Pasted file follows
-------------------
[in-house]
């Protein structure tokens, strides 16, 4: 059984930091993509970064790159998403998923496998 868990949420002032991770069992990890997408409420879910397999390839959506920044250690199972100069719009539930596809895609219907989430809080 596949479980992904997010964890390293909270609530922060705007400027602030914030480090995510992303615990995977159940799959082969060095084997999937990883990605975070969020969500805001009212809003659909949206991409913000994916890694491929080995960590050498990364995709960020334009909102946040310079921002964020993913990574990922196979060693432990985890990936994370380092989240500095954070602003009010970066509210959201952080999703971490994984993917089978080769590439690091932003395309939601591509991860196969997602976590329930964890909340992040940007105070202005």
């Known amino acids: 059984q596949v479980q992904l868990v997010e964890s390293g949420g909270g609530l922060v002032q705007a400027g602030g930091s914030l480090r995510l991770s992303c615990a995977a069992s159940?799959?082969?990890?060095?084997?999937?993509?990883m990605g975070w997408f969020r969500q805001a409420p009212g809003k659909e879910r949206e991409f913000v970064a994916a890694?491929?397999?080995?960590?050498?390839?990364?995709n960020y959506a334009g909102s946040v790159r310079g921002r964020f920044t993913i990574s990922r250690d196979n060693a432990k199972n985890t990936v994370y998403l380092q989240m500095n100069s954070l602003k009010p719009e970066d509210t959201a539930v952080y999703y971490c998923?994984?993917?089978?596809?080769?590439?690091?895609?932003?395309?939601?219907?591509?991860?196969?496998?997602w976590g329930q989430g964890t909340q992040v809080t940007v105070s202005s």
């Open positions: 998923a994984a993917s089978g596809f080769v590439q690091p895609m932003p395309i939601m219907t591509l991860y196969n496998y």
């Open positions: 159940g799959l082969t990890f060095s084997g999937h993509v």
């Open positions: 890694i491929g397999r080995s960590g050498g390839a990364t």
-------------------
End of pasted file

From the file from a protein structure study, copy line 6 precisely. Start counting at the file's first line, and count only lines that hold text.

């Open positions: 890694i491929g397999r080995s960590g050498g390839a990364t």